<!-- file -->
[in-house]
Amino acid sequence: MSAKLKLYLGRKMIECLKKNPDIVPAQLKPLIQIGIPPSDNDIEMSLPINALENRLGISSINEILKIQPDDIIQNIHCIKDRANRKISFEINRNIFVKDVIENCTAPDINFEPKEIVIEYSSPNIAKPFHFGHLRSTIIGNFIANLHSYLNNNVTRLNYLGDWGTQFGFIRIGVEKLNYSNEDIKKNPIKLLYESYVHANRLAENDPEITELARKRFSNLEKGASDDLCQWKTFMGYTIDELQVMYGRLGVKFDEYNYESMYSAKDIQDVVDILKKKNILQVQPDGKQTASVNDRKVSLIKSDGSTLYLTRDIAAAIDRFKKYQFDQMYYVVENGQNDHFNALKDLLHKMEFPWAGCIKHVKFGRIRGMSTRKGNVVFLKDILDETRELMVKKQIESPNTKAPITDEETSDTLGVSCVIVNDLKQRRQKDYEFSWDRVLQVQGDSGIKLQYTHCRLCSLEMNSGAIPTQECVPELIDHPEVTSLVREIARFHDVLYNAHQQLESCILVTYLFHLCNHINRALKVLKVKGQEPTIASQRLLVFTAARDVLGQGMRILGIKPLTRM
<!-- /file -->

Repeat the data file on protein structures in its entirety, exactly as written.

[in-house]
Amino acid sequence: MSAKLKLYLGRKMIECLKKNPDIVPAQLKPLIQIGIPPSDNDIEMSLPINALENRLGISSINEILKIQPDDIIQNIHCIKDRANRKISFEINRNIFVKDVIENCTAPDINFEPKEIVIEYSSPNIAKPFHFGHLRSTIIGNFIANLHSYLNNNVTRLNYLGDWGTQFGFIRIGVEKLNYSNEDIKKNPIKLLYESYVHANRLAENDPEITELARKRFSNLEKGASDDLCQWKTFMGYTIDELQVMYGRLGVKFDEYNYESMYSAKDIQDVVDILKKKNILQVQPDGKQTASVNDRKVSLIKSDGSTLYLTRDIAAAIDRFKKYQFDQMYYVVENGQNDHFNALKDLLHKMEFPWAGCIKHVKFGRIRGMSTRKGNVVFLKDILDETRELMVKKQIESPNTKAPITDEETSDTLGVSCVIVNDLKQRRQKDYEFSWDRVLQVQGDSGIKLQYTHCRLCSLEMNSGAIPTQECVPELIDHPEVTSLVREIARFHDVLYNAHQQLESCILVTYLFHLCNHINRALKVLKVKGQEPTIASQRLLVFTAARDVLGQGMRILGIKPLTRM